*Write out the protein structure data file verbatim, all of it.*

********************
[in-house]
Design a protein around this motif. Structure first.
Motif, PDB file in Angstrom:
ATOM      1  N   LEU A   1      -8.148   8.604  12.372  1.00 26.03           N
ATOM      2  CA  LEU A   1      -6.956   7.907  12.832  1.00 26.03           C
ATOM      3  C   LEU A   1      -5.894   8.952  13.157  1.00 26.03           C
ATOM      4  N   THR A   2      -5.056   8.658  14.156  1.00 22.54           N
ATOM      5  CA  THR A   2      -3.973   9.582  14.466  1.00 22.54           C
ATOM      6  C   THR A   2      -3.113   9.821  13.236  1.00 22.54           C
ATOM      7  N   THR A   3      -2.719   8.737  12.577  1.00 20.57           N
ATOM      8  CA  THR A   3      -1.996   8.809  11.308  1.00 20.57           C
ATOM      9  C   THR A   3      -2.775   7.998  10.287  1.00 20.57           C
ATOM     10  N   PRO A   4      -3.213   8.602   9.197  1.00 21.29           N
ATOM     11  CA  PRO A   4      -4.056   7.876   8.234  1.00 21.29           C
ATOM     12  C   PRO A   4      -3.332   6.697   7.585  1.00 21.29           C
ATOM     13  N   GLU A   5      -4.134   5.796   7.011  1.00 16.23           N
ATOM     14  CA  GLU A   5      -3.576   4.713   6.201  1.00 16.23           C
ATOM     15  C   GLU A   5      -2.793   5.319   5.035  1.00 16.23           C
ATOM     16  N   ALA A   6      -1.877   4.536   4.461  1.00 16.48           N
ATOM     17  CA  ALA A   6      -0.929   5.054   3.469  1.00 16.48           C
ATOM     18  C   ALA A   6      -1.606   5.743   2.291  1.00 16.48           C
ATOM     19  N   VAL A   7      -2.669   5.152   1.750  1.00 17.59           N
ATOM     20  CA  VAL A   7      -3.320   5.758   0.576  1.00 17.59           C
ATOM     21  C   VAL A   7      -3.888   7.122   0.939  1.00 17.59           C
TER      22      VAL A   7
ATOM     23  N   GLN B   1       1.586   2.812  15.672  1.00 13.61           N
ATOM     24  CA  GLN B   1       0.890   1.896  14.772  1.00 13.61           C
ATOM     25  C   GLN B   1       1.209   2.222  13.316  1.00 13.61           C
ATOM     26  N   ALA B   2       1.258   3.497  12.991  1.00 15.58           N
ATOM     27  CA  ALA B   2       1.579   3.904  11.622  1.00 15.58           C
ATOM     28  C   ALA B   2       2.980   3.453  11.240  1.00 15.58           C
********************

[in-house]
Design a protein around this motif. Structure first.
Motif, PDB file in Angstrom:
ATOM      1  N   LEU A   1      -8.148   8.604  12.372  1.00 26.03           N
ATOM      2  CA  LEU A   1      -6.956   7.907  12.832  1.00 26.03           C
ATOM      3  C   LEU A   1      -5.894   8.952  13.157  1.00 26.03           C
ATOM      4  N   THR A   2      -5.056   8.658  14.156  1.00 22.54           N
ATOM      5  CA  THR A   2      -3.973   9.582  14.466  1.00 22.54           C
ATOM      6  C   THR A   2      -3.113   9.821  13.236  1.00 22.54           C
ATOM      7  N   THR A   3      -2.719   8.737  12.577  1.00 20.57           N
ATOM      8  CA  THR A   3      -1.996   8.809  11.308  1.00 20.57           C
ATOM      9  C   THR A   3      -2.775   7.998  10.287  1.00 20.57           C
ATOM     10  N   PRO A   4      -3.213   8.602   9.197  1.00 21.29           N
ATOM     11  CA  PRO A   4      -4.056   7.876   8.234  1.00 21.29           C
ATOM     12  C   PRO A   4      -3.332   6.697   7.585  1.00 21.29           C
ATOM     13  N   GLU A   5      -4.134   5.796   7.011  1.00 16.23           N
ATOM     14  CA  GLU A   5      -3.576   4.713   6.201  1.00 16.23           C
ATOM     15  C   GLU A   5      -2.793   5.319   5.035  1.00 16.23           C
ATOM     16  N   ALA A   6      -1.877   4.536   4.461  1.00 16.48           N
ATOM     17  CA  ALA A   6      -0.929   5.054   3.469  1.00 16.48           C
ATOM     18  C   ALA A   6      -1.606   5.743   2.291  1.00 16.48           C
ATOM     19  N   VAL A   7      -2.669   5.152   1.750  1.00 17.59           N
ATOM     20  CA  VAL A   7      -3.320   5.758   0.576  1.00 17.59           C
ATOM     21  C   VAL A   7      -3.888   7.122   0.939  1.00 17.59           C
TER      22      VAL A   7
ATOM     23  N   GLN B   1       1.586   2.812  15.672  1.00 13.61           N
ATOM     24  CA  GLN B   1       0.890   1.896  14.772  1.00 13.61           C
ATOM     25  C   GLN B   1       1.209   2.222  13.316  1.00 13.61           C
ATOM     26  N   ALA B   2       1.258   3.497  12.991  1.00 15.58           N
ATOM     27  CA  ALA B   2       1.579   3.904  11.622  1.00 15.58           C
ATOM     28  C   ALA B   2       2.980   3.453  11.240  1.00 15.58           C